The BUK surface-to-air missile system believed to have shot down Malaysian Airlines flight MH17 is an old Soviet-built weapon designed to engage aircraft, cruise missiles and drones that is still widely used in eastern European states, including Ukraine.
They are capable of taking down aircraft the size of a Boeing 777 flying at a cruising altitude of 33,000 feet, meaning the intensity of the impact is likely to have blown the plane apart in the sky.
Witnesses says wreckage and body parts of the passengers and crew are scattered over an area of around nine miles, reinforcing the idea that the plane broke up mid-air.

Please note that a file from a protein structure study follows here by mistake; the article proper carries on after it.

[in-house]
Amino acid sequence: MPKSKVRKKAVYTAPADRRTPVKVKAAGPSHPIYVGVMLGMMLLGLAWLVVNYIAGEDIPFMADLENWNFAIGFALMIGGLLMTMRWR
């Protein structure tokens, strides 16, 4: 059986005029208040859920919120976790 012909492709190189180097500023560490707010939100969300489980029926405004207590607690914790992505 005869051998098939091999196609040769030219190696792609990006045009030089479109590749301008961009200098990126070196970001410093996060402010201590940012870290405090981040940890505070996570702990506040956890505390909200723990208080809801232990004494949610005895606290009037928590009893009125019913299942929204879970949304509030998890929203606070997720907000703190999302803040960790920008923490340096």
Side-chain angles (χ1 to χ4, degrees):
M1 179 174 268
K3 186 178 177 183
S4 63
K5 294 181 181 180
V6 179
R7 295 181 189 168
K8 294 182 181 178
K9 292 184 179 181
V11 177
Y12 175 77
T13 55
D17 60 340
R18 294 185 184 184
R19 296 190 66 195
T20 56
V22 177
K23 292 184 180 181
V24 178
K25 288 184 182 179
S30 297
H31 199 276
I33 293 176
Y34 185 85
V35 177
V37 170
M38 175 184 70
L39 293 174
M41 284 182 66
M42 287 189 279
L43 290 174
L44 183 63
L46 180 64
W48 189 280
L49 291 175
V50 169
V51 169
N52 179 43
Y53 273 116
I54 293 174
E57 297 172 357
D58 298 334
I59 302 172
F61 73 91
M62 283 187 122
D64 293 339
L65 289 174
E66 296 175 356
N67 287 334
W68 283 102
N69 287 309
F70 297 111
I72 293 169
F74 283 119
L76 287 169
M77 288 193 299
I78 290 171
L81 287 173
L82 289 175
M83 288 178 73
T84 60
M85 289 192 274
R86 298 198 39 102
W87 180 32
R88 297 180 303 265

BUK missile systems have large self-propelled launchers that use radar to engage aircraft or missiles up to an altitude of 75,000 feet.
A launcher similar to the BUK missile system was seen earlier today by journalists near the eastern town of Snizhne, which is held by pro-Russia rebels.
The BUK, developed by the Soviet Union in 1979, has remained widely in use throughout the former Soviet states, including Ukraine.
Until then it was assumed the only surface-to-air missiles in rebel hands were shoulder-held launchers with a maximum engagement range of 10,000 feet.
In a statement Donetsk separatist leader Andrei Purgin said that he was certain that Ukrainian troops had shot it down but gave no explanation for that statement.
Purgin said he was not aware of whether rebel forces owned BUK missile launchers, but even if they did, there had no fighters capable of operating it.